Actions

Firewall

What is a Firewall?

A firewall is a network security system that monitors and controls the incoming and outgoing network traffic based on predetermined security rules. A firewall typically establishes a barrier between a trusted network and an untrusted network, such as the Internet.[1]

Data flows into and out of devices through what we call ports. A firewall is what controls what is - and more importantly, isn't - allowed to pass through those ports. You can think of it like a security guard standing at the door, checking the ID of everything that tries to enter or exit. For most normal computers or home networks, the firewall should allow very little, if any, inbound traffic. There's rarely any legitimate reason for other devices to need to connect to your device, or home network, unsolicited.[2]

A firewall can be installed as a software program on a single computer. This type of firewall is often limited to only blocking traffic in or out of the computer. For instance, in the Windows operating system, a firewall is installed by default. This will block traffic coming into the computer but allow traffic to leave the computer.

Many companies like to put a firewall on the edge of their network. This is a physical device that sits between the public internet and the private internal network. These types of physical firewalls are created by such companies as Cisco or Juniper.

There are three reasons to deploy a firewall in the network: access control, NAT and VPN. Access control is where policies are created to block or permit traffic based on IP address, port, and protocol. NAT, or network address translation, is the act of converting one IP address to another. A firewall often is equipped to do many kinds of NAT which would be translating the private internal IP addresses to publicly accessible IP addresses. Firewalls also often have VPN capabilities. A Virtual Private Network is a technology used to securely connect two networks together across an insecure network such as the internet.[3]


Firewall


What Firewalls Do And Why Do We Need Them?[4] A Firewall is a necessary part of any security architecture and takes the guesswork out of host-level protections and entrusts them to your network security device. Firewalls, and especially Next Generation Firewalls, focus on blocking malware and application-layer attacks, along with an integrated intrusion prevention system (IPS), these Next Generation Firewalls can react quickly and seamlessly to detect and react to outside attacks across the whole network. They can set policies to better defend your network and carry out quick assessments to detect invasive or suspicious activity, like malware, and shut it down.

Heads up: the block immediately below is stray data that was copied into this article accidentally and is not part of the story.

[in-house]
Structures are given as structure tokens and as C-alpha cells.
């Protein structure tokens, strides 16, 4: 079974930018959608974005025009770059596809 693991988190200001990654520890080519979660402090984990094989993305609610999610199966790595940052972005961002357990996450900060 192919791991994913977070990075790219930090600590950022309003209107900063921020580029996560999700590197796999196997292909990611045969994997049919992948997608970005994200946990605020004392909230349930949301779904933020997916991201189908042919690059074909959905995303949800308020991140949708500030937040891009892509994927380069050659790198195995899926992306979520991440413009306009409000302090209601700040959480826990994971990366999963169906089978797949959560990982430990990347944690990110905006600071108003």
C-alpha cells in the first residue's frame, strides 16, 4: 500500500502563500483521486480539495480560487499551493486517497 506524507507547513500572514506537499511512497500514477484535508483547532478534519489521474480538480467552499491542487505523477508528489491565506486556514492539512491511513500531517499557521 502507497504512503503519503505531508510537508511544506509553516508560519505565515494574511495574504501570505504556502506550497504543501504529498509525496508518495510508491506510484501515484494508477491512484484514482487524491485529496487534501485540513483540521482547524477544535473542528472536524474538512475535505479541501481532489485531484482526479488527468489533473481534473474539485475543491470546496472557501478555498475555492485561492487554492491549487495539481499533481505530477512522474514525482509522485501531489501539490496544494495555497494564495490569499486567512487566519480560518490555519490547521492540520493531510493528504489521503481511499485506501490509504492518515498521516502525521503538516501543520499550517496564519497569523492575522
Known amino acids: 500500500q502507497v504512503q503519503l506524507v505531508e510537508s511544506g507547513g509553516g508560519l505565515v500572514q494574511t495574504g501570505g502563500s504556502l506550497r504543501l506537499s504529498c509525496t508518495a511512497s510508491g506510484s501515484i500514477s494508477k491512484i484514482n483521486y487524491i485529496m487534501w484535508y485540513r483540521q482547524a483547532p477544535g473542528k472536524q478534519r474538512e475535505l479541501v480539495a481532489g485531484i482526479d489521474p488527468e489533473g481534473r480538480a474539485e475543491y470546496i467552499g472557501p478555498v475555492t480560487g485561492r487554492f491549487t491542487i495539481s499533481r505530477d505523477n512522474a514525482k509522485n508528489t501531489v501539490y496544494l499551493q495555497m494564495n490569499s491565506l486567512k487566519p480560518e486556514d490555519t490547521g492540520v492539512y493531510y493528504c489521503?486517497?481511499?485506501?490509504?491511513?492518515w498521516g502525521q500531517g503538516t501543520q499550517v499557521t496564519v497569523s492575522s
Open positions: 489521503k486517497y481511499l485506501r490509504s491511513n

Firewalls, especially Next Generation Firewalls, focus on blocking malware and application-layer attacks. Along with an integrated intrusion prevention system (IPS), these Next Generation Firewalls are able to react quickly and seamlessly to detect and combat attacks across the whole network. Firewalls can act on previously set policies to better protect your network and can carry out quick assessments to detect invasive or suspicious activity, such as malware, and shut it down. By leveraging a firewall for your security infrastructure, you’re setting up your network with specific policies to allow or block incoming and outgoing traffic.


Types of Firewall[5]

  • Proxy firewall: An early type of firewall device, a proxy firewall serves as the gateway from one network to another for a specific application. Proxy servers can provide additional functionality such as content caching and security by preventing direct connections from outside the network. However, this also may impact throughput capabilities and the applications they can support.
  • Stateful inspection firewall: Now thought of as a “traditional” firewall, a stateful inspection firewall allows or blocks traffic based on state, port, and protocol. It monitors all activity from the opening of a connection until it is closed. Filtering decisions are made based on both administrator-defined rules as well as context, which refers to using information from previous connections and packets belonging to the same connection.
  • Unified threat management (UTM) firewall: A UTM device typically combines, in a loosely coupled way, the functions of a stateful inspection firewall with intrusion prevention and antivirus. It may also include additional services and often cloud management. UTMs focus on simplicity and ease of use.
  • Next-generation firewall (NGFW): Firewalls have evolved beyond simple packet filtering and stateful inspection. Most companies are deploying next-generation firewalls to block modern threats such as advanced malware and application-layer attacks. According to Gartner, Inc.’s definition, a next-generation firewall must include:
    • Intelligence-based access control with stateful inspection
    • Integrated intrusion prevention system (IPS)